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VPM Daily Newscast 2/17

VPM's daily newscast contains all your Central Virginia news in just 5 to 10 minutes. Hosted by Benjamin Dolle, episodes are recorded the night before so you can wake up prepared.

Listeners can subscribe through Apple Podcasts, Megaphone, and Spotify.

Here’s a recap of the top stories on the morning of Wednesday, February 17, 2021:


  • Sen. Mark Warner marked Black History Month on Tuesday with a visit to the historic Lumpkin’s Slave Jail in Shockoe Bottom. The jail operated in the early 1800’s, when Richmond was the second-largest hub for the sale of enslaved people. It’s also the location of a planned museum and memorial park dedicated to the horrors of slavery. Warner said he hoped the Biden administration would stand behind the project. Gov. Ralph Northam has proposed putting $10 million in state funding toward the project.

     

  • Following his tour, Warner commented on the growing call for a 9/11 Commission-style panel to investigate the January insurrection. Warner says the Senate Intelligence Committee, which he chairs, plans to look into rising anti-government extremism. He also stood by his vote to convict President Donald Trump of inciting the insurrections and criticize Senate Minority Leader Mitch McConnell for only speaking out after voting to acquit.

     

  • Virginia’s Rental Relief Program has received an additional $524 million from the federal government. Since last June, the program has distributed nearly $84 million in rent and mortgage payments, but the new funding will not cover mortgage relief.

     

  • Gov. Ralph Northam will provide an update of the state’s pandemic response today, where health officials are expected to share more details about the COVID-19 vaccine rollout. As of Tuesday, more than 351,000 Virginians have been fully vaccinated, while about 12% of the state has received at least one dose. VPM will live stream the press conference  at 2 p.m.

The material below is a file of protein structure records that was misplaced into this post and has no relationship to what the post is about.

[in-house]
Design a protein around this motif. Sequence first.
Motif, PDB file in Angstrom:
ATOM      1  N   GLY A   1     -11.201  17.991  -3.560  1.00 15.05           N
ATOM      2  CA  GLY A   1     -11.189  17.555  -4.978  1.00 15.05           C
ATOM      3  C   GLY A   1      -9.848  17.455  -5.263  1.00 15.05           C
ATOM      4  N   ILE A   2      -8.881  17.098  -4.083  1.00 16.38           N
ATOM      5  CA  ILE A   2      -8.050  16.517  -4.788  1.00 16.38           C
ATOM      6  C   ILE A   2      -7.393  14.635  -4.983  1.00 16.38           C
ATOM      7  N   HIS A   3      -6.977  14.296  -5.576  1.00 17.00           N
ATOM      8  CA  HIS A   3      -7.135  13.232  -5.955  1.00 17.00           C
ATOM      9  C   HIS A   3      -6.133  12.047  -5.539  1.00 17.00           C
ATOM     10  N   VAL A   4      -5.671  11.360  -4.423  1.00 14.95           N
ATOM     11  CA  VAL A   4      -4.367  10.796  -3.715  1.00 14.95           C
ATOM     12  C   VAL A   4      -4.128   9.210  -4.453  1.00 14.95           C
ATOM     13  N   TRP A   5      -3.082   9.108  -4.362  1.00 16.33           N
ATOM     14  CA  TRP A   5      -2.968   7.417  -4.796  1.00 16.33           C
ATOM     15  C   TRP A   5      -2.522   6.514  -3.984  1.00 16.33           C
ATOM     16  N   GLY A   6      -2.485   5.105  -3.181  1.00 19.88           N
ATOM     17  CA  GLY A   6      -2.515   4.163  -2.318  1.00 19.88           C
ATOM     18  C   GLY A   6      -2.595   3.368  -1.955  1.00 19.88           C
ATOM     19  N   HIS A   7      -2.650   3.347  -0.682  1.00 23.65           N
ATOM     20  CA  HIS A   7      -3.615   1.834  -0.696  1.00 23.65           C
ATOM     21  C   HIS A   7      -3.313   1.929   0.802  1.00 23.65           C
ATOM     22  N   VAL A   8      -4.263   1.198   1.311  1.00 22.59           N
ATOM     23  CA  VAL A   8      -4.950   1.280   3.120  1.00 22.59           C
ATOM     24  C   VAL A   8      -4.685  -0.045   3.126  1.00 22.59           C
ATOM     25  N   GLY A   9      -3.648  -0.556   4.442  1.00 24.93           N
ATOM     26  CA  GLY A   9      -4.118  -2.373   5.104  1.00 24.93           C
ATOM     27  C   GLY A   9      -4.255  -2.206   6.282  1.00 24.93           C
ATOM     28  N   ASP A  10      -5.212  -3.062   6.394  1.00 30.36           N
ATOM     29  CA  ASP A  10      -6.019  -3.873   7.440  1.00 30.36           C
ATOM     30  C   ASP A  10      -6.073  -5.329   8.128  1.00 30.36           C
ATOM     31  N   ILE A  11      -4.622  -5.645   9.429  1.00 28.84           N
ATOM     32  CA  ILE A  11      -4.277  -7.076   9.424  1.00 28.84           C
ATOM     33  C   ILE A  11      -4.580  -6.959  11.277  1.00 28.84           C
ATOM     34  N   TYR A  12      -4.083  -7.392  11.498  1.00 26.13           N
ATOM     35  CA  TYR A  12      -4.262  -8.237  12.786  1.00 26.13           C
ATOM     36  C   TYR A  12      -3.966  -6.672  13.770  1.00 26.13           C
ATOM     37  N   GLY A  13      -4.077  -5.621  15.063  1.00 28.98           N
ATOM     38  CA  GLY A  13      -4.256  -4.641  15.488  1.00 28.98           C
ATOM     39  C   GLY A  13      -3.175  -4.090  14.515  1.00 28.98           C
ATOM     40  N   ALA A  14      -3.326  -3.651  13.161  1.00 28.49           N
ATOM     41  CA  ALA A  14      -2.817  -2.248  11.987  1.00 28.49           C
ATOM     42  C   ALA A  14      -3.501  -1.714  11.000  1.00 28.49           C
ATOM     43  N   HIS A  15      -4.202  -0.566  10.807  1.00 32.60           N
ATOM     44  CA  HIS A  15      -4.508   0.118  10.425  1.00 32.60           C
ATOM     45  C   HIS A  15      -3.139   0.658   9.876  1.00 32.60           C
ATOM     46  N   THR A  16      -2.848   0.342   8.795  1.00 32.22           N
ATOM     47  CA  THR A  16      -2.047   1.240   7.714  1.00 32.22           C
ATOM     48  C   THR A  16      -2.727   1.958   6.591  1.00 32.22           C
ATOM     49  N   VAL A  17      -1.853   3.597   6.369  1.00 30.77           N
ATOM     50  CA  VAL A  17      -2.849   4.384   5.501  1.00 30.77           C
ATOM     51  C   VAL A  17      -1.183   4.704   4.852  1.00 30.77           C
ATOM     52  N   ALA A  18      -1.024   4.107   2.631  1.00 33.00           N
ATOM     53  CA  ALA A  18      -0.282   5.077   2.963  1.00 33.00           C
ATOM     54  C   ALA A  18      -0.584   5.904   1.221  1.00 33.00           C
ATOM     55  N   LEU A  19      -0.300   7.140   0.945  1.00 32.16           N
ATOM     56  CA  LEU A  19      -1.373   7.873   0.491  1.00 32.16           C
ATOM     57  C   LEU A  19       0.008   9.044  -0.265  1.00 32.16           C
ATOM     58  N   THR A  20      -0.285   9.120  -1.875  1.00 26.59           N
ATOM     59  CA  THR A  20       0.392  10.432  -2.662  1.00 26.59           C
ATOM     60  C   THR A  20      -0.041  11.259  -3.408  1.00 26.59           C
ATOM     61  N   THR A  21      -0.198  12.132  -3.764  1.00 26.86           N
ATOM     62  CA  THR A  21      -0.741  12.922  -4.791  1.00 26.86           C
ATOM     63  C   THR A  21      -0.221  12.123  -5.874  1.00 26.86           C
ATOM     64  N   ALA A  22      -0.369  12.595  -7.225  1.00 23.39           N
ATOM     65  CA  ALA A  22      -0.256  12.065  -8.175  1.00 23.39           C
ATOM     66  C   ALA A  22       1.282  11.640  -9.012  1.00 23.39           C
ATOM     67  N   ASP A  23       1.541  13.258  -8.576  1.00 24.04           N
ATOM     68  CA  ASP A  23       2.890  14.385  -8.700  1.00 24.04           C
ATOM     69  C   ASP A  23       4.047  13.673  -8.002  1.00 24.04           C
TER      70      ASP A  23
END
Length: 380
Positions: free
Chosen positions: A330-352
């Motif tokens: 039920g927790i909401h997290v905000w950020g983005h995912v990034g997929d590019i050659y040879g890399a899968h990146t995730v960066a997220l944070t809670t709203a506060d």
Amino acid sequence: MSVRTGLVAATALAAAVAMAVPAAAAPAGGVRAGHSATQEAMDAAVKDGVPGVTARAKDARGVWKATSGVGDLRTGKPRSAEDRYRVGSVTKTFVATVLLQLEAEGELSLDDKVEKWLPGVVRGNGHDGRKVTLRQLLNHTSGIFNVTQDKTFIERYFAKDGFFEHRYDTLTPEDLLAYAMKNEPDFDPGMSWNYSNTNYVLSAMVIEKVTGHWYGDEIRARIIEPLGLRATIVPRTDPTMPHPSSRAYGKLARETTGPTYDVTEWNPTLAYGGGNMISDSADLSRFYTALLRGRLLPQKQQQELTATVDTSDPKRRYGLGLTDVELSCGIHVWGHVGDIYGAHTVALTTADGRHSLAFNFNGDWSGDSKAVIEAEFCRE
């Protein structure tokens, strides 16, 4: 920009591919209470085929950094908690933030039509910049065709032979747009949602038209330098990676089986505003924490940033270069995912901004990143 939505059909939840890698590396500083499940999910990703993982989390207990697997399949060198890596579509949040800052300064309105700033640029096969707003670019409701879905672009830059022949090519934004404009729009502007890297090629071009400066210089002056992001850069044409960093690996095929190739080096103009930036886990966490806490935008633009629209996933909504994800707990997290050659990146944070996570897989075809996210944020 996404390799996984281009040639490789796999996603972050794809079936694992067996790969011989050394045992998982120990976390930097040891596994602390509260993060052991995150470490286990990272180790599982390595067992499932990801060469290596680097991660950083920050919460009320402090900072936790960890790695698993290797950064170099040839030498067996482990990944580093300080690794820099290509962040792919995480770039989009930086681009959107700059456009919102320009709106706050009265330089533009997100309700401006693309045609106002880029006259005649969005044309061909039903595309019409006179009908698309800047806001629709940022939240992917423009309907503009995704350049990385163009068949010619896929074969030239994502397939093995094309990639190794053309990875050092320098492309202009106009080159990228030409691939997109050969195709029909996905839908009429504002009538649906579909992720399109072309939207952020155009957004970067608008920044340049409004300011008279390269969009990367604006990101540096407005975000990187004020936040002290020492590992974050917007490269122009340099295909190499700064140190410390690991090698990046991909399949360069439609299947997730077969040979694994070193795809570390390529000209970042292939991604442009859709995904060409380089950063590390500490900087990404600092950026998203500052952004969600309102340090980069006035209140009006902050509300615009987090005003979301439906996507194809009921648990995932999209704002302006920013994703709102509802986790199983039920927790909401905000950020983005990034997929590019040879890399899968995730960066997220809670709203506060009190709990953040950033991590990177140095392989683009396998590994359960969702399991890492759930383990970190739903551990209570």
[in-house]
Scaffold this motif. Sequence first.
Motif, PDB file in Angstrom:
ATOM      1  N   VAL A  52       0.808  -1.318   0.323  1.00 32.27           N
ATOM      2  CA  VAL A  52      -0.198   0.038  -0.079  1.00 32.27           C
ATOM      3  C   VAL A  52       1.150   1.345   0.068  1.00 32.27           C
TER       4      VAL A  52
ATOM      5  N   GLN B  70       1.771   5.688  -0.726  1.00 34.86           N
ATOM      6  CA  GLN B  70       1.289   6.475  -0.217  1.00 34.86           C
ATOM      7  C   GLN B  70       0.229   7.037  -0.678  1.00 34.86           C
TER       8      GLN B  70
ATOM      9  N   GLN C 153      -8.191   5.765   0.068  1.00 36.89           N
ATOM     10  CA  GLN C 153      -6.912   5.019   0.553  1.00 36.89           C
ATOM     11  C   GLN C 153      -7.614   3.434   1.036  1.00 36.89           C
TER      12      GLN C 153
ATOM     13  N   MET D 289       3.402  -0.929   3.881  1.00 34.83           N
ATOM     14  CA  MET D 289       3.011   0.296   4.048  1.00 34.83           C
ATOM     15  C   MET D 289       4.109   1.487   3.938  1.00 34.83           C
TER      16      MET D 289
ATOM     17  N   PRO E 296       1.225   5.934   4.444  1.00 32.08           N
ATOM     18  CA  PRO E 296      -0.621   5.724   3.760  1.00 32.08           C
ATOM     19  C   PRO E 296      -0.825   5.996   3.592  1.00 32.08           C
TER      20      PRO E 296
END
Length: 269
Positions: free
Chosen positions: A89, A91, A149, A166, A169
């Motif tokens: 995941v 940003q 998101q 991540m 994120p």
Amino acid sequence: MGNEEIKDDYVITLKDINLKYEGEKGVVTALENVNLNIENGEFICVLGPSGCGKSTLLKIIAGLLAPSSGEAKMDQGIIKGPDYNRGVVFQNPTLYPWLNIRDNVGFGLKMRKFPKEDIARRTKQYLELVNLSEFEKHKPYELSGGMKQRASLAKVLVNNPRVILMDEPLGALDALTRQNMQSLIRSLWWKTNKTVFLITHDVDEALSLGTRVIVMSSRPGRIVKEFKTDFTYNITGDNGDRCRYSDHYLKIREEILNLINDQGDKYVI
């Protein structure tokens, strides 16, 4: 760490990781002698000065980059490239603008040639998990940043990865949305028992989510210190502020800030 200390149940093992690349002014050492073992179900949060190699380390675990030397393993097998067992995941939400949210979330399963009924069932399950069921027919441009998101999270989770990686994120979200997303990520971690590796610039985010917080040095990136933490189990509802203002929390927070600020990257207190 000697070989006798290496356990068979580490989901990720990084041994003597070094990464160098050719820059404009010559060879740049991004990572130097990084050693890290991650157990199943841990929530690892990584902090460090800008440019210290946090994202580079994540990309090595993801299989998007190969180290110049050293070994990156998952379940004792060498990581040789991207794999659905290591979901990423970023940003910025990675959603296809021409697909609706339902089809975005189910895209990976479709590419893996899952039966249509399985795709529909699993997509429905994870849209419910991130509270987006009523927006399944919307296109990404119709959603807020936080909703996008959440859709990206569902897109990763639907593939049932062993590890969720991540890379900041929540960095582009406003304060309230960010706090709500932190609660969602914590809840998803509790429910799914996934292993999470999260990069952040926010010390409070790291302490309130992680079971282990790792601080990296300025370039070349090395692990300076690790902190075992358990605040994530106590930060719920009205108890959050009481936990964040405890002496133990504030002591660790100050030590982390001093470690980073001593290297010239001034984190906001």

• Both chambers of the Virginia General Assembly approved the legalization of recreational marijuana on Tuesday, though the Senate’s bill would also put that to voters. Despite a recent poll from Christopher Newport University showing 68% of Virginians support legalization, Democratic Sen. Scott Surovell (D-Fairfax) says a non-binding ballot referendum would allow the public to discuss the nuances of that process. Critics of that plan, however, say the referendum is merely a political ploy to boost Democratic turnout in November. The House version of the bill does not include a referendum. Over the next two weeks, a small group of lawmakers will come to a compromise over the proposals.

     

  • Richmond Police Chief Gerald Smith outlined some of the reforms he is making in the department on Tuesday. One change Smith highlighted is the creation of a committee of community members to act as a conduit between police officers and community members. Officers will also now carry business cards with information on how to file a complaint or compliment. This comes as Mayor Levar Stoney is expected to introduce a new equity agenda at next Monday’s City Council meeting.

     

  • Ice is back in the forecast for Thursday, nearly a week after Richmond experienced its most significant ice event in roughly two decades. Mayor Stoney urged Richmond residents to prepare for the upcoming winter weather. The Red Cross recommend residents prepare by stocking their pantires with nonperishable food and charging electronic devices, both personal and medical. 
VPM News is the staff byline for articles and podcasts written and produced by multiple reporters and editors.
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